Dmitry Goldenberg was 9 when he immigrated to America. He grew up in Siberia and later Ukraine before moving to Philadelphia with his parents.
While he recalls difficult times in his childhood — being unable to disclose that he was Jewish and family members facing prejudiced treatment — his family’s experience moving here in 1994 was much less difficult than those of his ancestors and many other Jews trying to leave the Soviet Union a few decades earlier.
He led a conversation with Connie Smukler, perhaps the face of Philadelphia’s involvement with the Soviet Jewry movement, as part of an event series called Life Lessons in Leadership, an initiative of the Anti-Defamation League Philadelphia’s Associate Board. The event was in partnership with AJC Philadelphia/Southern New Jersey and the Jewish Federation of Greater Philadelphia.
Smukler shared stories of her history with the movement, like being questioned by KGB officers at the airport upon leaving or smuggling cassette tapes of conversations with refuseniks out of Russia, on Dec. 7 at the National Museum of American Jewish History.
The museum is debuting a pop-up panel exhibition about the movement, Power of Protest: The Movement to Free Soviet Jews, which will be on display through Jan. 15, 2018.
The exhibition features brightly colored panels with equally colorful quotes — “I am not going to forget those … who still struggle for their rights to emigrate, their human rights,” reads one by former refusenik Natan Sharansky — accompanied by photographs and snippets of history.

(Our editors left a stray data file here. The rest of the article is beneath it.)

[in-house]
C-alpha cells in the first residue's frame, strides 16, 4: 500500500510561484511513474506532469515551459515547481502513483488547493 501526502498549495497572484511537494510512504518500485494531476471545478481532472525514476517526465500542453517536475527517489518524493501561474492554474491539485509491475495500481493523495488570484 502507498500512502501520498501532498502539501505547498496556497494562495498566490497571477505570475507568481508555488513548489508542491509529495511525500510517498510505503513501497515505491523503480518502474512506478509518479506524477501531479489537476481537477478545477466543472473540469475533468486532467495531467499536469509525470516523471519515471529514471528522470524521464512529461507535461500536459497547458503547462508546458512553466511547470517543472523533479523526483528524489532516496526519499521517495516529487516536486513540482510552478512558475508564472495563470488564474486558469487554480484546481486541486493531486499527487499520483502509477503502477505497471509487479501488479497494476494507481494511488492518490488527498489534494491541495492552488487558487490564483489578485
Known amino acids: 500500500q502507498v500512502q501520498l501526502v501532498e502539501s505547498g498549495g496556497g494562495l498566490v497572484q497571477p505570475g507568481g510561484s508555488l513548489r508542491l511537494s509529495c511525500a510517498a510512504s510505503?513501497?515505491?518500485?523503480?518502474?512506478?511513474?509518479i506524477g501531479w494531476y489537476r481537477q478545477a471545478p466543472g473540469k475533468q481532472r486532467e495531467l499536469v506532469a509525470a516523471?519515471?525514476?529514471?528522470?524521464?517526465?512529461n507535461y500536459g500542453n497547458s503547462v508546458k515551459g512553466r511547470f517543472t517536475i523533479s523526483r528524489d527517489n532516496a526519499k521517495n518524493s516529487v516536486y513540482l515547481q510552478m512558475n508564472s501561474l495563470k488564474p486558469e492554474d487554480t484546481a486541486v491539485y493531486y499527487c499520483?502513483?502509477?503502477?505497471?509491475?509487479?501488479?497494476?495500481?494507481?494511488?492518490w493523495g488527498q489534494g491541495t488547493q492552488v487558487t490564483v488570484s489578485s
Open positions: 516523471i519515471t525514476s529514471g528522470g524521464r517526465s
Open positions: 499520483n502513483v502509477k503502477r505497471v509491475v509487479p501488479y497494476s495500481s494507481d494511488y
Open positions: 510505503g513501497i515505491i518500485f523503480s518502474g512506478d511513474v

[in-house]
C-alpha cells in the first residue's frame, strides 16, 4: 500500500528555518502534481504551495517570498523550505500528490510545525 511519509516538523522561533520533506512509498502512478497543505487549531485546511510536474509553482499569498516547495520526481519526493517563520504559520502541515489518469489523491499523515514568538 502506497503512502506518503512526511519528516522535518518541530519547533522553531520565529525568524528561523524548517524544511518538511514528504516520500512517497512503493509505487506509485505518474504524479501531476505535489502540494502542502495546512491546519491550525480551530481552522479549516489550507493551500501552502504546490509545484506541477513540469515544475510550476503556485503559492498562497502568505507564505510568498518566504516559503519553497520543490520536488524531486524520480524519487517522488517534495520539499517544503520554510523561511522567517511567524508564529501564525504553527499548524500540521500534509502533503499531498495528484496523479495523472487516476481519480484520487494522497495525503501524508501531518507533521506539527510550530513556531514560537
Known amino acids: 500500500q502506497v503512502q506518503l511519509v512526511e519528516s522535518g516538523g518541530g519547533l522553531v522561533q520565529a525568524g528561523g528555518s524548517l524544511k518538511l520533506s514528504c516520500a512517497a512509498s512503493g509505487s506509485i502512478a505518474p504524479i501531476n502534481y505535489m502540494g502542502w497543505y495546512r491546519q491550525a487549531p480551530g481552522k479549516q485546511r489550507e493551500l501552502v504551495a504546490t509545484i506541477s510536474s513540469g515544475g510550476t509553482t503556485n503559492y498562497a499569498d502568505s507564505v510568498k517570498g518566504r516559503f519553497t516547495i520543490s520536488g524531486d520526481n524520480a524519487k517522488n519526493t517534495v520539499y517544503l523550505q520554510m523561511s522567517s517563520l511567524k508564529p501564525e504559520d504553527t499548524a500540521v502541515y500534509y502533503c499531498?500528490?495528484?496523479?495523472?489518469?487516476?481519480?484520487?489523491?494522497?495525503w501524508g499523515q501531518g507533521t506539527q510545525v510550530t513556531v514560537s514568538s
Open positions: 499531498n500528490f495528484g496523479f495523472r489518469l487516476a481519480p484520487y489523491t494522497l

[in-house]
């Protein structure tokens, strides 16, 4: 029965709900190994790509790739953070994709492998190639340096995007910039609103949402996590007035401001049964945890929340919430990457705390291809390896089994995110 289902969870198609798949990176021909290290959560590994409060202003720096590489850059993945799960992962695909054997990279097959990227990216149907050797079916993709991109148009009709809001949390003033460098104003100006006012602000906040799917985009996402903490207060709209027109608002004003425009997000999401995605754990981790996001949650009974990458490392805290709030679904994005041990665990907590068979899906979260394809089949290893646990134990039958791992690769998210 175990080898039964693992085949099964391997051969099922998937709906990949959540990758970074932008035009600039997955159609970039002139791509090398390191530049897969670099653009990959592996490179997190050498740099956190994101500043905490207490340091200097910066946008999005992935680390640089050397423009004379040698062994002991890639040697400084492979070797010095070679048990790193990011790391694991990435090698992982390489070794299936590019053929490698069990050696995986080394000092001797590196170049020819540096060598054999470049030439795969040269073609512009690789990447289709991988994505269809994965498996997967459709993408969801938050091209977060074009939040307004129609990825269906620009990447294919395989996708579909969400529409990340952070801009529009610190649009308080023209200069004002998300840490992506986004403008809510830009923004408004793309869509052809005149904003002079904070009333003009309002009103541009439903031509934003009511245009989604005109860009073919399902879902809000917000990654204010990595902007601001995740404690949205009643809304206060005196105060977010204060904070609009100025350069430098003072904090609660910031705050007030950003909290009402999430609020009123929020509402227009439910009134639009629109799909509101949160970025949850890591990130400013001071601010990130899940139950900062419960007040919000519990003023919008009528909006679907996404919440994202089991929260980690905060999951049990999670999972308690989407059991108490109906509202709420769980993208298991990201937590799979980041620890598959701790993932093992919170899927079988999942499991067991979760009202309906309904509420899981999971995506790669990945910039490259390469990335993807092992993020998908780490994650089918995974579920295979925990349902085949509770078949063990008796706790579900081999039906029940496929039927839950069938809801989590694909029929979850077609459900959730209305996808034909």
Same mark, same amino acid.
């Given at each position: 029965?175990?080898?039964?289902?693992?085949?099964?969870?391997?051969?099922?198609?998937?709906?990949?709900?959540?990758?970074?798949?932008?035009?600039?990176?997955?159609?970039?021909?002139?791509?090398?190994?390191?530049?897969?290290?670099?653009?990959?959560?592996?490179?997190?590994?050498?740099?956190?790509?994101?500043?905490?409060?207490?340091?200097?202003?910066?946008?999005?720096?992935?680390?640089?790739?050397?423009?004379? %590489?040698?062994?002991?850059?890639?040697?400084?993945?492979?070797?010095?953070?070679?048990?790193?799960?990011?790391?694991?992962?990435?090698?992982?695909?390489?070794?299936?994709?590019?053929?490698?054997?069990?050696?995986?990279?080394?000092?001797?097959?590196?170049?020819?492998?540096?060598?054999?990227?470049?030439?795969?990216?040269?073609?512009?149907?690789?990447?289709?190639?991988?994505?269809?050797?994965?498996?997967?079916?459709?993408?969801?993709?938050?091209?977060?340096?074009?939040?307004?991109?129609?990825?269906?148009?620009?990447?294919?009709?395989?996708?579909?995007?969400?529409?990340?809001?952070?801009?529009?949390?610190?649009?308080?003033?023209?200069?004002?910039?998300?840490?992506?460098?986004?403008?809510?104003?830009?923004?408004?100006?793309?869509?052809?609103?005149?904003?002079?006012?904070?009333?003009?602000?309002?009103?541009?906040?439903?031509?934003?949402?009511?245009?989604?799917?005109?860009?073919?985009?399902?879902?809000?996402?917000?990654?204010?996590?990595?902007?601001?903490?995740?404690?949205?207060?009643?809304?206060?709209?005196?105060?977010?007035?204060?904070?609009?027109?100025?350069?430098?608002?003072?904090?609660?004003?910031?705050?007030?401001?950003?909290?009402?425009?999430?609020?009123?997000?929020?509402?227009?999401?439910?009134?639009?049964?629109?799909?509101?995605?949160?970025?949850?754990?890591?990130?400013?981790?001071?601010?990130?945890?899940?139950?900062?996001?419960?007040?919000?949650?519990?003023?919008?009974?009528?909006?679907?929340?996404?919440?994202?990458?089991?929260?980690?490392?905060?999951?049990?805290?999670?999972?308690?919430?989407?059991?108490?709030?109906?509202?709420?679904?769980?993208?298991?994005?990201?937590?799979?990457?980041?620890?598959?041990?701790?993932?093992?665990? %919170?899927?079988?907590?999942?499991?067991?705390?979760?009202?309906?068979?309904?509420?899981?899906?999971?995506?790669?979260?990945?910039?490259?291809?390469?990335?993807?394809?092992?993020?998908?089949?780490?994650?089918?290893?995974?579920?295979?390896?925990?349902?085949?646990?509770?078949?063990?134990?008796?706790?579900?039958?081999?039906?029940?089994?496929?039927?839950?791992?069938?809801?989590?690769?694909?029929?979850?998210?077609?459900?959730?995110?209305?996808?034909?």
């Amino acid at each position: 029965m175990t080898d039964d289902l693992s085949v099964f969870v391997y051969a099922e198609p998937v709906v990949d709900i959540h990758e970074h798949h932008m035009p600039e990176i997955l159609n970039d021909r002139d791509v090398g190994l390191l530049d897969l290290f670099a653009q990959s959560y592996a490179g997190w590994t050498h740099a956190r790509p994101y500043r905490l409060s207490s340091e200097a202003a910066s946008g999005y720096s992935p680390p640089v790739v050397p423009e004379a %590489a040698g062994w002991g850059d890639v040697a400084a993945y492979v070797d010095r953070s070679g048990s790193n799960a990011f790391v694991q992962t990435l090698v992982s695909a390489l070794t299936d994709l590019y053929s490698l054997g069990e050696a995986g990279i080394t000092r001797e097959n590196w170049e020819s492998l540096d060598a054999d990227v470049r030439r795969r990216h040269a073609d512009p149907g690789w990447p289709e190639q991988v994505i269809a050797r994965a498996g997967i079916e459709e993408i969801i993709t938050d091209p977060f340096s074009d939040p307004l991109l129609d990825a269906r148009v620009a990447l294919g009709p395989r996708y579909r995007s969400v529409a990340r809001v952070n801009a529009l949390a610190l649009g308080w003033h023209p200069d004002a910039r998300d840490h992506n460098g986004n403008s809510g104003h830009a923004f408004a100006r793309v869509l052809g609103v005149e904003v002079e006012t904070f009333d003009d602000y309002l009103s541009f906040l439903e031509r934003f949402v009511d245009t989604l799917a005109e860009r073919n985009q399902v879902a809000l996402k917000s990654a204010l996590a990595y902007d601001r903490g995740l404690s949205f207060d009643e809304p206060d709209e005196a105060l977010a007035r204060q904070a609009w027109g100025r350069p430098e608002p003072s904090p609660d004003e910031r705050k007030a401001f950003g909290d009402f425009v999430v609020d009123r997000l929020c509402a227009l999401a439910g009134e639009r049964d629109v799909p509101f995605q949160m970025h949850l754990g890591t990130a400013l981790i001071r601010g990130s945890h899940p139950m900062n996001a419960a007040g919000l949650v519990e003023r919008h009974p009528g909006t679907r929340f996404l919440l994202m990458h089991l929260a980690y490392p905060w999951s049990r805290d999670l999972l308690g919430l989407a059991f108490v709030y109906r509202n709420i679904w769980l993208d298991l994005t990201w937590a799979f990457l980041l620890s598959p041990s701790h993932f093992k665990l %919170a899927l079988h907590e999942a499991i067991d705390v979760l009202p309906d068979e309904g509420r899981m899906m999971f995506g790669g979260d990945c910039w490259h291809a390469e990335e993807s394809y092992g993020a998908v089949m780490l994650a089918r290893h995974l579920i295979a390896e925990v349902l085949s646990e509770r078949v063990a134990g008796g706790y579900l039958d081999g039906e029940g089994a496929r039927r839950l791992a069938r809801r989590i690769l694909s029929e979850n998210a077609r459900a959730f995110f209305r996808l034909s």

The exhibition’s timing was no coincidence, as it occurred during the 30th anniversary of Freedom Sunday — the march in which 250,000 people descended on Washington, D.C., to demand the freedom of Soviet Jews as then-President Ronald Reagan was meeting with Soviet Premier Mikhail Gorbachev.
“It’s important to mark the moment and remember the movement because it really is one of the most successful human rights movements of the 20th century,” said Josh Perelman, NMAJH chief curator and director of exhibitions and interpretation. “Soviet Jews, after decades of their own advocacy, of their own heroism, of facing so many challenges, achieved their goal of being able to emigrate and being able to choose the lives they wanted to lead. And that is really remarkable.”
One of the exhibition’s first panels notes that this ultimately transnational movement transpired before the internet — no supportive tweets or hashtags either.
“It’s a reminder that the work of achieving rights, the work of achieving freedom can begin with a tweet or can begin with a posting on Facebook,” Perelman said, “but it’s the work on the ground that is the hard work and it is the work on the ground that changes history.”
Another panel detailed the process of American Jews being “twinned” with Soviet Union Jews for their Bar or Bat Mitzvah. Facebook COO Sheryl Sandberg kept letters with her “twin” from her Bat Mitzvah, Kira Volvolsky, which are displayed.